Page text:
Estimating Population Size: Animals and Web Pages

Thinking about all of the things in the statistical world that we can estimate, the one that has always perplexed me is estimating the size of an unknown population \(N\). Usually when we compute estimates based on samples, we involve the size of the sample \(n\) somewhere, thus we take “size” for granted — the size of a sample is known. We also make inferences based on sample statistics using theory such as the Central Limit Theorem, but seem to never care about the population size \(N\), we either know it, or assume it is infinite. But, in fields like ecology and environmental studies, this attitude of gluttony is dangerous!

In the summers I spend a lot of time in the Eastern Sierra where there are deer and bears. These animals are so large that we cannot consider their population in the area to be infinite (like we may with ants or bacteria). A matter of fact, one of our local animal behavior specialists knows the exact number of bears that live in my mountain community. I always had just assumed he spent all day tracking down the local bears and marking them with radio collars. There must be some way […]

Highlights from My First NIPS

The first few hundred registrations received a mug.

As a machine learning practitioner in the Los Angeles area, I was ecstatic to learn that NIPS 2017 would be in Long Beach this year. The conference sold out in a day or two. The conference was held at the Long Beach Convention Center (and Performing Arts Center), very close to the Aquarium of the Pacific and about a mile from the Queen Mary. The venue itself was beautiful, and probably the nicest place I’ve ever attended a conference. It’s also the most expensive place I’ve ever had a conference. $5 for a bottle of Coke? $11 for two cookies? But I digress.I attended most of the conference, but as someone who has attended many conferences, I’ve learned that attending everything is not necessary, and is counterproductive to one’s sanity. I attended the main conference, and one workshop day, but skipped the tutorials, the Saturday workshops and the industry demos. The conference talks were livestreamed via Facebook Live at the NIPS Foundation’s Facebook page, and the recordings are also archived there.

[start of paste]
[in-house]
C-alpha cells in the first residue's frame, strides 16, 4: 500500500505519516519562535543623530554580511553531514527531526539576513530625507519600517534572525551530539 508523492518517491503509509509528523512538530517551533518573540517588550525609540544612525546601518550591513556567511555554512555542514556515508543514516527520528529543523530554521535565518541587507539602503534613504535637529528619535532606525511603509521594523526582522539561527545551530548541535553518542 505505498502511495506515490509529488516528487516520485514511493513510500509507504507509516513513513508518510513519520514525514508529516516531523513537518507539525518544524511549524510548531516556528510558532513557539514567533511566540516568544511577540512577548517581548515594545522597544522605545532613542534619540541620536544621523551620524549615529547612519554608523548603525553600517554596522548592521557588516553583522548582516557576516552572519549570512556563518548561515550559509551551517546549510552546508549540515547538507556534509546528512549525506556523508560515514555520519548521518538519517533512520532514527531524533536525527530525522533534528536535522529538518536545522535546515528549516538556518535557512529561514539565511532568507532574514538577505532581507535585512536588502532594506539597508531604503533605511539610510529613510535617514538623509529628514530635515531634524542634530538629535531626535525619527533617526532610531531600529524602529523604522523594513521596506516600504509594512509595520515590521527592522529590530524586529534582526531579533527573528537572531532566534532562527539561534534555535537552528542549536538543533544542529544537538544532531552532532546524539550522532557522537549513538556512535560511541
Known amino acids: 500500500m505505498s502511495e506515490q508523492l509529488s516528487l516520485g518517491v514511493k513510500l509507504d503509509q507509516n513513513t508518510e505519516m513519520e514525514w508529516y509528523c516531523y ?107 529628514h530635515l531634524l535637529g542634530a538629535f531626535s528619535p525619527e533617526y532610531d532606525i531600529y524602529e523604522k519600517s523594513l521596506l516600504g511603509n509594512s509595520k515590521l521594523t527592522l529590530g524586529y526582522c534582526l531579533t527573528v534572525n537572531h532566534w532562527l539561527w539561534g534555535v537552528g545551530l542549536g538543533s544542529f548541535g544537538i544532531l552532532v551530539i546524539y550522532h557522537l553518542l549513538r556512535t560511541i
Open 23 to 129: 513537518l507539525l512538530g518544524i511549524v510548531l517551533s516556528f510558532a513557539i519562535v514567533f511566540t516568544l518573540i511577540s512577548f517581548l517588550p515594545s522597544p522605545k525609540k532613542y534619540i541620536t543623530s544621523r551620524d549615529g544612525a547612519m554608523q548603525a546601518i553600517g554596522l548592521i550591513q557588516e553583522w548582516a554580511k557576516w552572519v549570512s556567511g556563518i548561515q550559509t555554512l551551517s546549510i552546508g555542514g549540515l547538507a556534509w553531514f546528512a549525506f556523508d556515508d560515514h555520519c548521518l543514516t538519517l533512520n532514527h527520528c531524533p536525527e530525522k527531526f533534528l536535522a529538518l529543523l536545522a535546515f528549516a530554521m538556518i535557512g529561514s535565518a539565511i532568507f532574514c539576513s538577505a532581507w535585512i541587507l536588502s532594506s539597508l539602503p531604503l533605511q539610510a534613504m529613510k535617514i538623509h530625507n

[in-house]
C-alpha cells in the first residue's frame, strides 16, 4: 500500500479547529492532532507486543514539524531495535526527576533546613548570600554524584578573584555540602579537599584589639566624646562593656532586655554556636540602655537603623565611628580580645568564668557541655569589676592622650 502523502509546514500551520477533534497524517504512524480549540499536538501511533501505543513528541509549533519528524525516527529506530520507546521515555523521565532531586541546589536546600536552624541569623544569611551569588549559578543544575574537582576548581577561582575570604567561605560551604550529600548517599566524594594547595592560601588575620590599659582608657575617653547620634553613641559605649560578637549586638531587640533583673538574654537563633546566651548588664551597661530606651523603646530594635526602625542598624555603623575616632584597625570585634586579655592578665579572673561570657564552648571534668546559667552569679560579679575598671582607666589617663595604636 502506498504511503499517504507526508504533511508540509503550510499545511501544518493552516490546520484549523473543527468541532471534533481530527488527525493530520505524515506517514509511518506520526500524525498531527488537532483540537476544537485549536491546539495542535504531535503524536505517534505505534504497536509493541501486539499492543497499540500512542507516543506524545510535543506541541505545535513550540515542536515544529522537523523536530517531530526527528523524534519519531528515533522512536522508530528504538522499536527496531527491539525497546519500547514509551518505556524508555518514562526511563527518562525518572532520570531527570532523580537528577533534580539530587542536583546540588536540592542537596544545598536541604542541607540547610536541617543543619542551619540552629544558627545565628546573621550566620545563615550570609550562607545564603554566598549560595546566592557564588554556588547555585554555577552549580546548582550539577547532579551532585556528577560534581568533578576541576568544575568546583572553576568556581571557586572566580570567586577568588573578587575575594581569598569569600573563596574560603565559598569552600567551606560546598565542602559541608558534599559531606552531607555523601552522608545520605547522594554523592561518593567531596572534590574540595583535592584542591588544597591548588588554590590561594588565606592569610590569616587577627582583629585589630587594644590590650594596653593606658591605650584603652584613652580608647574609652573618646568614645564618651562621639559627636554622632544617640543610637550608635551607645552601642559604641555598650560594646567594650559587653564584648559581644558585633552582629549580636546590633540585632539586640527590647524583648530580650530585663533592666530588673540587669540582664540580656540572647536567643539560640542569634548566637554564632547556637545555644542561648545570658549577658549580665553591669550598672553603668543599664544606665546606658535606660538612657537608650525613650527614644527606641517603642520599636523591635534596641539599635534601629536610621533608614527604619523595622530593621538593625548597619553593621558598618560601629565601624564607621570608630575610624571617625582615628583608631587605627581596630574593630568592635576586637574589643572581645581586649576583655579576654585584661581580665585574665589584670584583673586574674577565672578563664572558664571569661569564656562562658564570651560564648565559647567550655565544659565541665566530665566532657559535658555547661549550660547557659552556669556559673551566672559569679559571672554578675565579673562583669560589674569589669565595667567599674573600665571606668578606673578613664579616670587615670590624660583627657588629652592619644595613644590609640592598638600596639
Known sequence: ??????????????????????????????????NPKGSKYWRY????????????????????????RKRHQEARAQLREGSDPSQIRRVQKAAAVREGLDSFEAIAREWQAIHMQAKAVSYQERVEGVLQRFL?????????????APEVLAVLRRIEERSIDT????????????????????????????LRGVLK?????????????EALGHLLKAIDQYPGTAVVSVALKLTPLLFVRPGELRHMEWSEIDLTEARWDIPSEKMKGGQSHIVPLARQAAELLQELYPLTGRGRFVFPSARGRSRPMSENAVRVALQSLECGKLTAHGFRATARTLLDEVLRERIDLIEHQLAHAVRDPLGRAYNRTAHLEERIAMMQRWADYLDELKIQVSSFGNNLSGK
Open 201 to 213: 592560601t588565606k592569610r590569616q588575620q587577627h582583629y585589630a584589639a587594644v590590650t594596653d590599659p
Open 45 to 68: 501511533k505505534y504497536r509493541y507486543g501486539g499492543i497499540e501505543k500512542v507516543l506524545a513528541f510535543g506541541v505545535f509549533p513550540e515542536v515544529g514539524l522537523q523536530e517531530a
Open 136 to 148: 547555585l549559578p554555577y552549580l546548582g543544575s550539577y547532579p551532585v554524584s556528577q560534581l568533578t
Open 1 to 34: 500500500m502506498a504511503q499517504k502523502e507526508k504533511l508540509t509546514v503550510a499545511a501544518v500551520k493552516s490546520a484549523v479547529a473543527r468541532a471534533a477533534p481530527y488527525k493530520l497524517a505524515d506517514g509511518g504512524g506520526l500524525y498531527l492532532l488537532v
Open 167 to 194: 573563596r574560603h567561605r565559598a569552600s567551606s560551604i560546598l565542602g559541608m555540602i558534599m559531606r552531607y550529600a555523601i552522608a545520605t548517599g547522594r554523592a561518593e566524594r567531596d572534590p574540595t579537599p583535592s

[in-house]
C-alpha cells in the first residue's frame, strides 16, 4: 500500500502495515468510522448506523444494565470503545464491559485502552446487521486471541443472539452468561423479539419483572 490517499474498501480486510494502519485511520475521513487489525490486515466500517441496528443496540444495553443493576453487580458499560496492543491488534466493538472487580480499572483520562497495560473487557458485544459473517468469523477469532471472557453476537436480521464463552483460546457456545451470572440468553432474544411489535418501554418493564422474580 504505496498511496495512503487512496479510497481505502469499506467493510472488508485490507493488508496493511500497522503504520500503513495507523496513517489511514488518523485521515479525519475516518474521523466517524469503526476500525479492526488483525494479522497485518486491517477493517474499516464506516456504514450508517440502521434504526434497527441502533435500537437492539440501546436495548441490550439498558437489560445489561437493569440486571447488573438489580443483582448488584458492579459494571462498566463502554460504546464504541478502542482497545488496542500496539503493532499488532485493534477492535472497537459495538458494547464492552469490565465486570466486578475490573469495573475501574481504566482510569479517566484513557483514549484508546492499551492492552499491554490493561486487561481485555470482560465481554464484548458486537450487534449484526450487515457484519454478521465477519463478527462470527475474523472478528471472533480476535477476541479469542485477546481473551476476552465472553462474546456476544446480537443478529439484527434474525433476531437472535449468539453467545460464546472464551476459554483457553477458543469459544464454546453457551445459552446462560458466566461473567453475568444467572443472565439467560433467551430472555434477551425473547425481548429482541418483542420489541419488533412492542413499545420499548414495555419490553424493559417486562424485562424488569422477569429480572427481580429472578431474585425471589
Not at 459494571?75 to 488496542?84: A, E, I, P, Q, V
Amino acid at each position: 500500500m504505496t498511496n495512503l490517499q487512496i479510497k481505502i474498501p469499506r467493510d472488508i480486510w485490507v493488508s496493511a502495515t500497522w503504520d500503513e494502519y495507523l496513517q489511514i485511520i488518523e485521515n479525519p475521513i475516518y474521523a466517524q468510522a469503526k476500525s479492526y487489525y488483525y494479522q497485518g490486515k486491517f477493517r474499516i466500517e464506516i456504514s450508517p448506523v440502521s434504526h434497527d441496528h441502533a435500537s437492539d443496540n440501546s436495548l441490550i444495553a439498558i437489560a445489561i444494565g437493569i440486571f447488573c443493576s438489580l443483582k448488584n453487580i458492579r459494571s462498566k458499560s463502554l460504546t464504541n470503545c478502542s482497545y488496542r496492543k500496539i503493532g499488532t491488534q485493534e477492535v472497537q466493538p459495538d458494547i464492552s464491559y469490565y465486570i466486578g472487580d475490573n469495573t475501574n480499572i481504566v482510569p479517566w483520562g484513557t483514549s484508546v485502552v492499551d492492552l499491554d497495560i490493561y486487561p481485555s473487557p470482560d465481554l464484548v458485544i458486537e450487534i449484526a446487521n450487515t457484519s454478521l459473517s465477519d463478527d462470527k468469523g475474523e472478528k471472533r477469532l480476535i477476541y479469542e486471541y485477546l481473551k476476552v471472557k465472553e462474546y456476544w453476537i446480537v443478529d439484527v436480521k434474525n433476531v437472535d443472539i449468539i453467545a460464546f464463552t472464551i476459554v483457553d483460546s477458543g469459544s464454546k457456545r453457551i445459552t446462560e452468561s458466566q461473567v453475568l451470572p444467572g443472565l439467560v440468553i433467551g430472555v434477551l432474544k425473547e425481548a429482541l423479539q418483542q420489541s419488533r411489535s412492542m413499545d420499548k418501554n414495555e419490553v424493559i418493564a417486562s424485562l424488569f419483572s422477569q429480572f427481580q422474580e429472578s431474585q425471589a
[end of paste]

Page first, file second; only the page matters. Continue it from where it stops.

This may make some question why one would actually want to attend the conference in person, but there are several!

to talk with the authors of interesting […]

Some New Year Resolutions for (this) Data Scientist in 2017

I’ve never been very big on New Year’s resolutions. I’ve tried them in the past, and while they are nice to think about, they are always overly vague, difficult to accomplish in a year, trite, or just don’t get done (or attempted). This year I decided to try something different instead of just not making resolutions at all. I set out some professional goals for myself as a Data Scientist. So without further ado…

1. Don’t Complain about It, Fix It: Contribute to Open Source Software (More)

Open source software is only as good as its community and/or developer(s). Developers are human and typically cannot manage all bugs and feature requests themselves. My goal is to routinely contribute back to the community either with new features, or by fixing bugs that I discover. This not only helps the community at large, but also helps me as a software engineer. There is no better way to become an even better engineer than by wading through someone else’s code. While this is something I did all day every day at my $DAYJOB, I do it less while on my sabbatical.

Some of the projects I use the most and that I hope to contribute to are scikit-learn and […]